[NEWS] Car importers seek waiver on charges

Updated: November 14, 2013
crushed vehicles

UGANDA vehicle importers have petitioned the Kenya government to give them a 100% waiver on demurrage charges for vehicles that have been held at Mombasa Port since 2005.

The traders estimate that there are over 800 used vehicles estimated at over $3m (sh7.4b).

“The demurrage charges now exceed the cost of the vehicles by more than 10 times. No business person can afford those charges,” Ahmed Balyejjusa, a member of Kampala City Traders Association, said.

Uganda Revenue Authority (URA) officials have blamed the owners of the vehicles for not paying taxes on the vehicles in Uganda as a condition set by the Kenya Revenue Authority (KRA) for the vehicles to be released from the port.

Richard Kamajugo, the commissioner for customs Uganda Revenue Authority, said Kenya Revenue Authority is afraid that many Ugandan car importers sell second hand cars in the Kenya market. Kenya restricts the importation of vehicles made in 2005 and below.

Kamajugo said KRA wants owners of the vehicles to pay for their taxes in Uganda and they would give a waiver on all ware house rent.

“We are willing to write letters to KRA for those who pay taxes on the vehicles. The letter will give KRA assurance that the vehicles will not be diverted into the Kenyan market. Kenya has put some restrictions on the importation of vehicles eight years and older,” Kamajugo said.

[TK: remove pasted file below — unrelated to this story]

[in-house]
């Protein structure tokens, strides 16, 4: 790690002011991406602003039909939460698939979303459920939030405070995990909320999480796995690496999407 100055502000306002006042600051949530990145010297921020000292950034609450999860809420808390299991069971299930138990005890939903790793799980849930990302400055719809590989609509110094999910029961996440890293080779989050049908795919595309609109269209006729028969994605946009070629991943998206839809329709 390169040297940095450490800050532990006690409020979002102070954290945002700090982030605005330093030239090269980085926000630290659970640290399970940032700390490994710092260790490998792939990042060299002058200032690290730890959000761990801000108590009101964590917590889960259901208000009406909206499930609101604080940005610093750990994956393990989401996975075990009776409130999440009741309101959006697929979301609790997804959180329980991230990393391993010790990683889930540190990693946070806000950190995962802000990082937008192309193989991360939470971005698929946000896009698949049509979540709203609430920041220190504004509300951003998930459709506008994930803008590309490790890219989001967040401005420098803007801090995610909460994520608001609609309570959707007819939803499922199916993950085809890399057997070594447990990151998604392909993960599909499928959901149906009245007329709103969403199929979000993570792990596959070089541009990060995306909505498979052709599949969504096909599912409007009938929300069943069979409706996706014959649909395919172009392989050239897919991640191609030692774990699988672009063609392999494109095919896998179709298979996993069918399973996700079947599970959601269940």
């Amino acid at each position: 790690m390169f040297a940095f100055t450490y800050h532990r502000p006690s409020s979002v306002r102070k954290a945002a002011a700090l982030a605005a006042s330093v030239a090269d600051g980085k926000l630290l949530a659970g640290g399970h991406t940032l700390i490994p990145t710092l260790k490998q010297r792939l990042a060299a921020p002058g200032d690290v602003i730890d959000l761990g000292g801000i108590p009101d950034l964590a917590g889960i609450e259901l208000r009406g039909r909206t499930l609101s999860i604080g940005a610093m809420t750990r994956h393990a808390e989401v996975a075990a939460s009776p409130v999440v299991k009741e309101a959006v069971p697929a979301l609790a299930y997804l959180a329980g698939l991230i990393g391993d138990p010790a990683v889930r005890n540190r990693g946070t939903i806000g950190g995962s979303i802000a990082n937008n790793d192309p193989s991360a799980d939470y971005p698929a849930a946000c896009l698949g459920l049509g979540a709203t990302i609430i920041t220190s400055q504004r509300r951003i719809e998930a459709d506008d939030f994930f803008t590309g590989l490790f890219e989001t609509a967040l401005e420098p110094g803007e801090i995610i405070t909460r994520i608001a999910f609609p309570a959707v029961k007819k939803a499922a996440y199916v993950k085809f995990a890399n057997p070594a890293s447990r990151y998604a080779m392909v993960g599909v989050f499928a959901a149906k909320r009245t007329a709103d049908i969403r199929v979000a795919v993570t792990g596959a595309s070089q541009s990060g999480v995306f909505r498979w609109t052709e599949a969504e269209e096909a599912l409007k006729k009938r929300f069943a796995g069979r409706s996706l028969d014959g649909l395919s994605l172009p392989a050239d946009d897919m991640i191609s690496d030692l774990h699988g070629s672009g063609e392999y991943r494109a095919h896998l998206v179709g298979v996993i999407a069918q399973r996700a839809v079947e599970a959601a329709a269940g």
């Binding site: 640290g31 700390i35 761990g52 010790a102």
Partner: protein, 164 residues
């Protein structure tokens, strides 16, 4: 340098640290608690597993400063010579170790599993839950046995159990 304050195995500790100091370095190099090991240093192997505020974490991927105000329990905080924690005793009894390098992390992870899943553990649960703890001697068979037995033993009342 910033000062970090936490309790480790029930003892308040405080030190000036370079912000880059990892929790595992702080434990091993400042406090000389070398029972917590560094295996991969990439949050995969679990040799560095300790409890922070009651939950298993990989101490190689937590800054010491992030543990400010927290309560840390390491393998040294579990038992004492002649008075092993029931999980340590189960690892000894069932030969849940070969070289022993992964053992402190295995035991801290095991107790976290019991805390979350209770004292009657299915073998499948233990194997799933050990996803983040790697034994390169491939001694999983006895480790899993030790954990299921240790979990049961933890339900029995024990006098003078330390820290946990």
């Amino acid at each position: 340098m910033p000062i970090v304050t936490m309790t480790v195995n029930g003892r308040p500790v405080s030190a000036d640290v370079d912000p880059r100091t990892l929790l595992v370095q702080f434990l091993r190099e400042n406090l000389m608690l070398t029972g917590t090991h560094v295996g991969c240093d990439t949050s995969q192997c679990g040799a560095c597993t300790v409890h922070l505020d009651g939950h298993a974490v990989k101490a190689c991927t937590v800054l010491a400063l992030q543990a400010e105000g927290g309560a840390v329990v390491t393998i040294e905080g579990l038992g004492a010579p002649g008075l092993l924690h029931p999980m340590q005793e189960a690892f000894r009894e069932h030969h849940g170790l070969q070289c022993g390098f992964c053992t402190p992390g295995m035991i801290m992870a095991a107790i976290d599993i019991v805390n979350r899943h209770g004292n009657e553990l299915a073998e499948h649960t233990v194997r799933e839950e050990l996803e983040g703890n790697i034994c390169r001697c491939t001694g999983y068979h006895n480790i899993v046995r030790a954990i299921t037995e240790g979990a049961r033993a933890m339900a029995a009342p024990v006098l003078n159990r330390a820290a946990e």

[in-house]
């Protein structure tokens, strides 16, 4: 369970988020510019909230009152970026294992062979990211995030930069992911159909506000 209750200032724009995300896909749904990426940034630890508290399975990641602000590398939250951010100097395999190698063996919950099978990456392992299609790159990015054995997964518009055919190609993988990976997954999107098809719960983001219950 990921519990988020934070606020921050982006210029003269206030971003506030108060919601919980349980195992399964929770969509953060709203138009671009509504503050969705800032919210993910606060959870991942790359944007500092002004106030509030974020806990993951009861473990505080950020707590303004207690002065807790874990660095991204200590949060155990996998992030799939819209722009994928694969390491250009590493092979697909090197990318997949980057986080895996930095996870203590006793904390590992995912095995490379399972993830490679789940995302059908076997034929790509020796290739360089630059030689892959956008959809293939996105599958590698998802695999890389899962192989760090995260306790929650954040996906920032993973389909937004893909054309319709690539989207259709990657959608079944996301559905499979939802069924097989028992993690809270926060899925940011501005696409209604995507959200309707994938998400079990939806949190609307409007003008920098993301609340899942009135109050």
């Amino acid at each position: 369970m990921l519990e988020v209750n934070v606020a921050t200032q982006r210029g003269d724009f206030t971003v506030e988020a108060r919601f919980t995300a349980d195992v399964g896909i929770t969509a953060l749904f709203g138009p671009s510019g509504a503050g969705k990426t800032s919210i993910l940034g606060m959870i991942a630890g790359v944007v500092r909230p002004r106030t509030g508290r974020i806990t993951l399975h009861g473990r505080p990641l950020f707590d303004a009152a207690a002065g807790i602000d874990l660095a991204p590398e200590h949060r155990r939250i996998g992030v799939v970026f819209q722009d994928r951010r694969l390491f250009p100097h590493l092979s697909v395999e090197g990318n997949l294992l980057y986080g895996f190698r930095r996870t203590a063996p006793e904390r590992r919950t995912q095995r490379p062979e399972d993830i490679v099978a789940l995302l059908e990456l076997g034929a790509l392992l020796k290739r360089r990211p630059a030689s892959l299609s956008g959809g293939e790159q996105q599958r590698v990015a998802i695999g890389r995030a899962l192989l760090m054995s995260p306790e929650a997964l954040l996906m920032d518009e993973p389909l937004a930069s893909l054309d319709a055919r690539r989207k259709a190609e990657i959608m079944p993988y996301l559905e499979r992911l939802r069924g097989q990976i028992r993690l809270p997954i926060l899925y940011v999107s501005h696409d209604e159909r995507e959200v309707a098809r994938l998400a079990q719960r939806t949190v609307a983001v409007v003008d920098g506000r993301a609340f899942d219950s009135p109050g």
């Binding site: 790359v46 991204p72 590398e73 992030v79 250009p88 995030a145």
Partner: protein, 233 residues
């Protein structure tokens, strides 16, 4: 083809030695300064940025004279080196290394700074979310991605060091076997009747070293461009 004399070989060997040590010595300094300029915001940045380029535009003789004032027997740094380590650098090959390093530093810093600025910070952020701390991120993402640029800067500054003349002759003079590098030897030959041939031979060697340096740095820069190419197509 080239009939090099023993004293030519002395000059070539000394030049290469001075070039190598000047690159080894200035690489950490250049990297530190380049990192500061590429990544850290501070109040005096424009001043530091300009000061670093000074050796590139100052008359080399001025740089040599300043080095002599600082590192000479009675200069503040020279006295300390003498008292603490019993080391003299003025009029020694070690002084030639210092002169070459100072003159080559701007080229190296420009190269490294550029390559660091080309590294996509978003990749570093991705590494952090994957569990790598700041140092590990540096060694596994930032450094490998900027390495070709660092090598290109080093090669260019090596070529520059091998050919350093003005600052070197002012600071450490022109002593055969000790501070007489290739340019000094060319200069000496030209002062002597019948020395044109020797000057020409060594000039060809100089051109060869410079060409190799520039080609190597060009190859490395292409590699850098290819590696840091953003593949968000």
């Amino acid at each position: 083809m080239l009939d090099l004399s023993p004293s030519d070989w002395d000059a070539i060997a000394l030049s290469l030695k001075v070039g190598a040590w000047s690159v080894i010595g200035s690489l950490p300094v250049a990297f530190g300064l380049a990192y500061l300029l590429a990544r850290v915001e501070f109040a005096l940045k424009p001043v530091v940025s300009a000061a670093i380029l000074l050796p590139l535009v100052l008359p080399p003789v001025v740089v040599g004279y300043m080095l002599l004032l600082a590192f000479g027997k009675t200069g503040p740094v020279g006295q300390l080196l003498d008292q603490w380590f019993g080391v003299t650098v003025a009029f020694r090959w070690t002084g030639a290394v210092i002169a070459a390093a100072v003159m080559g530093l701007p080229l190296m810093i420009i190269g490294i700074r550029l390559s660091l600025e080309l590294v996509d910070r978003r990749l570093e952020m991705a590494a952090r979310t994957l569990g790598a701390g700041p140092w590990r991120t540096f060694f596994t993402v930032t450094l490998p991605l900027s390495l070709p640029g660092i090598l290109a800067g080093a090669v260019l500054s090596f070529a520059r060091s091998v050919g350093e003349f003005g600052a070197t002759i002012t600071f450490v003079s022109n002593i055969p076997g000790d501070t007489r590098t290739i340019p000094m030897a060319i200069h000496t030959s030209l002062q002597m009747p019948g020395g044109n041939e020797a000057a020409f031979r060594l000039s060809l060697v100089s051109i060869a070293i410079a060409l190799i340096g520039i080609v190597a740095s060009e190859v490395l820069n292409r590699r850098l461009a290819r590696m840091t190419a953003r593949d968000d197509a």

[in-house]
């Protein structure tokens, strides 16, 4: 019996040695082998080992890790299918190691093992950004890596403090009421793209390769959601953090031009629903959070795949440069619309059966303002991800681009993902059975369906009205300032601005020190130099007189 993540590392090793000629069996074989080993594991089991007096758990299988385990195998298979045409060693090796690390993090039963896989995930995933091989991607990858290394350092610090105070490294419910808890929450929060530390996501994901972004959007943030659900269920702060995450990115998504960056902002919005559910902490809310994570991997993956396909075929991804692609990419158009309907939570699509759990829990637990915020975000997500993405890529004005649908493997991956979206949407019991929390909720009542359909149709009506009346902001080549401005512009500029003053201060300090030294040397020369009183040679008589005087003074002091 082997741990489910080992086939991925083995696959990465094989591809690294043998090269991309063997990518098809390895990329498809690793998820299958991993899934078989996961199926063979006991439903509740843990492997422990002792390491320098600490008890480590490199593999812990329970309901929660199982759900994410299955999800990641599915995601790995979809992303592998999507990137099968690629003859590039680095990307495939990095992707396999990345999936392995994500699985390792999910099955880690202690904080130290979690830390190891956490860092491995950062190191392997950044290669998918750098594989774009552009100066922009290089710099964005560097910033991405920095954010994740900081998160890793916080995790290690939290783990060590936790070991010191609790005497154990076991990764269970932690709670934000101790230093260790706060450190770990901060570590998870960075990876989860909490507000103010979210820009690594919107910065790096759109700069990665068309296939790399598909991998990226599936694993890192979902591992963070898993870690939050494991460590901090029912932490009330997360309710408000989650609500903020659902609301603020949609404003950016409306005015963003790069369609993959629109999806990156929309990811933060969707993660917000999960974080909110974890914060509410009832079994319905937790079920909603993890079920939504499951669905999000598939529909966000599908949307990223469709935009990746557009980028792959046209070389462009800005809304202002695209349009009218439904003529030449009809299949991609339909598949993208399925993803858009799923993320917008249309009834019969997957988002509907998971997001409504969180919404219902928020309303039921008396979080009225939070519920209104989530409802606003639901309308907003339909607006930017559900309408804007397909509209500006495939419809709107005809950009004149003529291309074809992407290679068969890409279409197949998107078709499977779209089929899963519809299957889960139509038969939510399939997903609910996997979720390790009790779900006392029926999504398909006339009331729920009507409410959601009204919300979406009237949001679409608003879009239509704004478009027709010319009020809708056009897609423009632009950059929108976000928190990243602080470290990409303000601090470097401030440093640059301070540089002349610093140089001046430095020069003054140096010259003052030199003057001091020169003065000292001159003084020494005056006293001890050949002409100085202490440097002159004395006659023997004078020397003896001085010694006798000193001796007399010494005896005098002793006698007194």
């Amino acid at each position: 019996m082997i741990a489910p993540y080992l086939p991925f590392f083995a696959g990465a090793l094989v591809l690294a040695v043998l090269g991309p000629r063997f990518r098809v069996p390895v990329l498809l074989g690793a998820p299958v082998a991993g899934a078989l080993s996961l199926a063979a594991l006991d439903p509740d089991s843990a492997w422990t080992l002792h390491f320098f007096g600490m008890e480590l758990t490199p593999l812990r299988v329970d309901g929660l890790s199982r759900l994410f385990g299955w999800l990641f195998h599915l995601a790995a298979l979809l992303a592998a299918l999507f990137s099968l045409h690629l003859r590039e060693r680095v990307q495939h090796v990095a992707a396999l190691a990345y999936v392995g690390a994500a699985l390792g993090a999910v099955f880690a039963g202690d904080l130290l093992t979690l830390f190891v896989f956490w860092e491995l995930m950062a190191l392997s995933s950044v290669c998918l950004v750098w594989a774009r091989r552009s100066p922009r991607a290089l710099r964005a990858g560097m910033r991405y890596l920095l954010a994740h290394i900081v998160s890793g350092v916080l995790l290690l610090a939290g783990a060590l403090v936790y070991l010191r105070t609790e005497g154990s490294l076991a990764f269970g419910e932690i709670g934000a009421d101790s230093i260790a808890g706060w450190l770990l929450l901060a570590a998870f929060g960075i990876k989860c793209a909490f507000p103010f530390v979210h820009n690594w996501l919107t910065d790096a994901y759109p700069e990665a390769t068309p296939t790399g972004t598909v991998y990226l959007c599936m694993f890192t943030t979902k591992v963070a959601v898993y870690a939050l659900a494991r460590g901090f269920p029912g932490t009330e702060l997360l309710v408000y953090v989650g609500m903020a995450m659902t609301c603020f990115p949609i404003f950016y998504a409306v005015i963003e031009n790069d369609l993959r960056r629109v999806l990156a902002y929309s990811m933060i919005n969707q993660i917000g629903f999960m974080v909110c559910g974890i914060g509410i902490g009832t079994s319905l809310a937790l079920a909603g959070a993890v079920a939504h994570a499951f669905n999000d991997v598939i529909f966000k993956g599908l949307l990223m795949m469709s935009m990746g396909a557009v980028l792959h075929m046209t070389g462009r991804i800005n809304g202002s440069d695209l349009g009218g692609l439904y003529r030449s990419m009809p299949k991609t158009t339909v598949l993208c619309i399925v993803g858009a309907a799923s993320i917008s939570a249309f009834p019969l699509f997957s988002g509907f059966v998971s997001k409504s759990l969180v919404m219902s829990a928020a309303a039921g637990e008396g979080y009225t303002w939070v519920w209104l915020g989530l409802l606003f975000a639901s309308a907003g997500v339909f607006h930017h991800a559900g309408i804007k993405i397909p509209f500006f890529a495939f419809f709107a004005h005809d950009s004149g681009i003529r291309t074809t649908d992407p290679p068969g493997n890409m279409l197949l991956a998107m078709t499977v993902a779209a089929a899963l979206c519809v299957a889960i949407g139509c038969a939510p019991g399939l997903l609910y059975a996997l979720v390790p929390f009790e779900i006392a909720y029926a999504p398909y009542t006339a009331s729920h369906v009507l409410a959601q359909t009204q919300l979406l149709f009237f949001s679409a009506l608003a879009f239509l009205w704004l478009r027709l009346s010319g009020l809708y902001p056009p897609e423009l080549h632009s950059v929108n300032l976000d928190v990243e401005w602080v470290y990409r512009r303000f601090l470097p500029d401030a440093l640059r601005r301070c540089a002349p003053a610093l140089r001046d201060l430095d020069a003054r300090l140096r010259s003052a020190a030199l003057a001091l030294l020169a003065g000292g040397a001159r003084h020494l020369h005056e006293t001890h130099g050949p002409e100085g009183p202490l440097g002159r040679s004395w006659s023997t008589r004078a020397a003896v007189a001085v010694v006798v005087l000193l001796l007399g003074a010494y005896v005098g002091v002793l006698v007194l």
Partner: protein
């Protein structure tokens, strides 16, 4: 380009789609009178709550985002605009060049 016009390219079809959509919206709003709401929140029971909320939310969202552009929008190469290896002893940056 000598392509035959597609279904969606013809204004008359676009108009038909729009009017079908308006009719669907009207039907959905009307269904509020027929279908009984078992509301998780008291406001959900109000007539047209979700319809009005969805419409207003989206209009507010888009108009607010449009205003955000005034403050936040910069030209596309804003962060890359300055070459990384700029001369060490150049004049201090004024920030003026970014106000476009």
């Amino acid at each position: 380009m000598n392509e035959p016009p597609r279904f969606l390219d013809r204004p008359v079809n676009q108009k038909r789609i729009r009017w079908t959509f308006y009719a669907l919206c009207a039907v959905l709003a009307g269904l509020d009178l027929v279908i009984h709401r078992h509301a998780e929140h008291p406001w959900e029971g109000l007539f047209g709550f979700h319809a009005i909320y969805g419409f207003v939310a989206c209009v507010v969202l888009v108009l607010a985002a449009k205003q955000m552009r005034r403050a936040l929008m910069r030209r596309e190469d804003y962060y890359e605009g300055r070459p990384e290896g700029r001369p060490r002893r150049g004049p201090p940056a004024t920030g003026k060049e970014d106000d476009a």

He added that KRA can auction off goods if they are unclaimed or not paid for. He observes because of the good relations between the two countries Uganda goods are rarely auctioned.

But Balyejjusa said the Kenyan authorities have had hundreds of vehicles crushed claiming the owners have failed to pay for them.

“I had eight vehicles five of them have been crushed. The vehicles of some people have been vandalised,” Balyejjusa disclosed.

On average a saloon car pays $75 (sh200,000) per day in demurrage charges. Balyejjusa said one is given 14 days as a grace period for storage of vehicles in the Container Freight Station (CFS). Beyond 14 days you pay demurrage charges.

Ambassador Julius Onen, the trade ministry permanent secretary, said some traders had cleared their vehicles since then.

Onen noted that 2005 was a long time and wondered how the other vehicles have remained in Mombasa since then.

“Let them come to the ministry and we look at their case,” Onen said.

Jjemba Mulondo, member KACITA, coordinator of over stayed motor vehicle rescue committee said they have not been helped by Ugandan authorities.

“There is some good will in Kenya, but people in Kampala are indifferent. They are asking us to pay taxes first for the vehicles before they give us a recommendation. They don’t know the status of the vehicles because some are vandalised, we can’t pay the taxes before seeing the vehicles. What if it was crushed or some of them the lights, tyres have been taken off,” Mulondo said.

He said there are also over 800 containers of Uganda bound goods which have accumulated demurrage charges.

They contain building materials, textiles, spare parts, electronics and food items.

Source: New Vision Online

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